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Ricotta Ice Cream

Ricotta Ice Cream
Yields 1
While spring is not necessarily ice cream season (especially in the still-cold Midwest), ricotta ice cream presents an option that doesn’t feel too summery. Topped with ripe late-spring strawberries—or a rhubarb compote if you can’t wait that long—it’s a fitting finish to a spring meal. Melissa Trimmer of Le Cordon Blue in Chicago prefers to use whole milk ricotta in this recipe, but low fat will work as well.
  1. 9 egg yolks
  2. 1 cup plus 2 tablespoons granulated sugar
  3. 1½ cups whole milk
  4. 1 teaspoon vanilla bean paste (1 teaspoon extract works in a pinch)
  5. 1 teaspoon fresh-squeezed lemon juice
  6. ¼ teaspoon kosher salt
  7. 15 ounces whole milk ricotta cheese
  1. Whisk together the egg yolks and half of the sugar. Set aside.
  2. Combine the other half of the sugar, the milk, and the vanilla (if using paste) in a nonreactive pan. Bring to a boil, stirring the whole time.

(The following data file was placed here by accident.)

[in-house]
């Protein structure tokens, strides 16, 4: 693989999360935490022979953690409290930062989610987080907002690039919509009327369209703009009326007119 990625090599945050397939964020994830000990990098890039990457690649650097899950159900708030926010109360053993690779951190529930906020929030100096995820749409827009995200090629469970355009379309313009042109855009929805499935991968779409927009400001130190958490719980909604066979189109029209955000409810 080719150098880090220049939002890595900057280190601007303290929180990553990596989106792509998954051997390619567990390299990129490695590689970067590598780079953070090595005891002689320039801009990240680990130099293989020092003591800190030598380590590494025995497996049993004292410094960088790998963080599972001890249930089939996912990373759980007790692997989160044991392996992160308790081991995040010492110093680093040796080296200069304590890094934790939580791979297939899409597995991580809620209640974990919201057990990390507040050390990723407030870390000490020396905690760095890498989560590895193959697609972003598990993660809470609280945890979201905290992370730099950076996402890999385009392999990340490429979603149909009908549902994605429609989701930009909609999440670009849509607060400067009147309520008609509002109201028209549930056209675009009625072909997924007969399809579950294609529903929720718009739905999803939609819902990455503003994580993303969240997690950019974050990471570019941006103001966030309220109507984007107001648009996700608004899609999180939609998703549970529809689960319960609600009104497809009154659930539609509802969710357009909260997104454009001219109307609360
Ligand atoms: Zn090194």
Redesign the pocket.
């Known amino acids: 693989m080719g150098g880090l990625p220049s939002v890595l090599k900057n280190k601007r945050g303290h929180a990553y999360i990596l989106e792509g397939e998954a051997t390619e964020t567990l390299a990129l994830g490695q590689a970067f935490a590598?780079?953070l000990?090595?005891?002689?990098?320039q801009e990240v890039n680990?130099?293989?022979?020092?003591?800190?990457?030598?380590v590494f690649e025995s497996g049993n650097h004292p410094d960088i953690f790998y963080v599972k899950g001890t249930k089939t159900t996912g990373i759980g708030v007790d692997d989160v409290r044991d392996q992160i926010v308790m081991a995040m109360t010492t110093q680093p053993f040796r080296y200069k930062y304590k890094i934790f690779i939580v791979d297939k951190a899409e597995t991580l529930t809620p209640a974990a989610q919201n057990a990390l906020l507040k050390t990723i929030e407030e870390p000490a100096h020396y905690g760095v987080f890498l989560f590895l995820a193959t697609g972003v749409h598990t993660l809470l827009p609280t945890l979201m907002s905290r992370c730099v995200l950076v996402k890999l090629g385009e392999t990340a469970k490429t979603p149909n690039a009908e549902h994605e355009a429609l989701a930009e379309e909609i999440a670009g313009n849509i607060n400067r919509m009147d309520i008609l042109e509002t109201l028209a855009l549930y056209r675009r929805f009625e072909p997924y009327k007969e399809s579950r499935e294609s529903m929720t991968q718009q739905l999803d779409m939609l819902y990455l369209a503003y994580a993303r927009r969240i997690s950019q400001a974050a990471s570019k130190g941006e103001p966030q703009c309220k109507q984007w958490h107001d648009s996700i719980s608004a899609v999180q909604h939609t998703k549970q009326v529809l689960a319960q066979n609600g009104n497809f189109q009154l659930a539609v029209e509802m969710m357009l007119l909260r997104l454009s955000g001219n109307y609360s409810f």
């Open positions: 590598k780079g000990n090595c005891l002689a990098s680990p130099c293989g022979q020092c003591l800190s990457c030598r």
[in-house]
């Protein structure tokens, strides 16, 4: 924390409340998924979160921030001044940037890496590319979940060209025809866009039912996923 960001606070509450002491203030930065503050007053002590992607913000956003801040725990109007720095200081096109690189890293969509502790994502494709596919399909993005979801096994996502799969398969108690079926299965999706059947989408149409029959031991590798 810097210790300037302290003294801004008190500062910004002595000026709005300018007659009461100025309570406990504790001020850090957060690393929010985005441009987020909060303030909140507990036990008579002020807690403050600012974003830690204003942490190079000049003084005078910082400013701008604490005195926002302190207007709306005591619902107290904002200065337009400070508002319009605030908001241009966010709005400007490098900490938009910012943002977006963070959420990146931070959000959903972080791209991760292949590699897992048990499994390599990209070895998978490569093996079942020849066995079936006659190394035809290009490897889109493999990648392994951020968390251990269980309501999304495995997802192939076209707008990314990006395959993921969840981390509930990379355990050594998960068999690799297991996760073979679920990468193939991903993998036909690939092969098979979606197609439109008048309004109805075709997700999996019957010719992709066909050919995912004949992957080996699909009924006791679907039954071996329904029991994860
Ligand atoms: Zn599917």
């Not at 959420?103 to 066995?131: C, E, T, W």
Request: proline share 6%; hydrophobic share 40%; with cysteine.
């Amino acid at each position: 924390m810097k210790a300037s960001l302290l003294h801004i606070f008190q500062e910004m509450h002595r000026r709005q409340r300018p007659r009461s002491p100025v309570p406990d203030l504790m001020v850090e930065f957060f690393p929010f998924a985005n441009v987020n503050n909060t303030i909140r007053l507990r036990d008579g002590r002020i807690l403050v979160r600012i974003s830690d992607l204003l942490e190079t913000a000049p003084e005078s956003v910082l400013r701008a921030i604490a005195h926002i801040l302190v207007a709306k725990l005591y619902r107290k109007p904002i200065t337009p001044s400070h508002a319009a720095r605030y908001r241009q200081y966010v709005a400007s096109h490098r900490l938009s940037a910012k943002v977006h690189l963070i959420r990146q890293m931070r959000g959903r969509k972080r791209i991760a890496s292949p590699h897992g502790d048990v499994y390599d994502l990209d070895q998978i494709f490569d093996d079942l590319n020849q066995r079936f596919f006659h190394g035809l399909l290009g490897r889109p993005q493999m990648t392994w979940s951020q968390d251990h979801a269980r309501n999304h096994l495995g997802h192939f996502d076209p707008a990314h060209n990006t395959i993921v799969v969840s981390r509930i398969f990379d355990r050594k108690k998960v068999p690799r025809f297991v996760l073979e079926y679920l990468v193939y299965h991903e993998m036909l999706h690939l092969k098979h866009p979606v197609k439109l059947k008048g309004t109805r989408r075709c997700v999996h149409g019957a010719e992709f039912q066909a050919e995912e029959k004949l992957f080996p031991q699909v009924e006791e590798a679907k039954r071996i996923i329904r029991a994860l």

3. Pour the hot milk mixture into the egg mixture very slowly, whisking the entire time. Whisk in the lemon juice, salt, and vanilla (if using extract).
  4. Mix the ricotta in a separate bowl to break it up. Slowly pour the hot milk mixture into the ricotta in batches, whisking well after each addition to prevent lumps.
  5. Place the bowl with the mixture in an ice water bath to chill. Churn in an ice cream machine according to the manufacturer’s directions. Store the ice cream in the freezer for 1 to 6 hours before serving.
  6. To serve, trimmer recommends placing a few small scoops of ice cream in a bowl, scattering ripe strawberries on top, drizzling with a high-quality aged balsamic vinegar, and placing a shortbread cookie on the side.
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culture: the word on cheese

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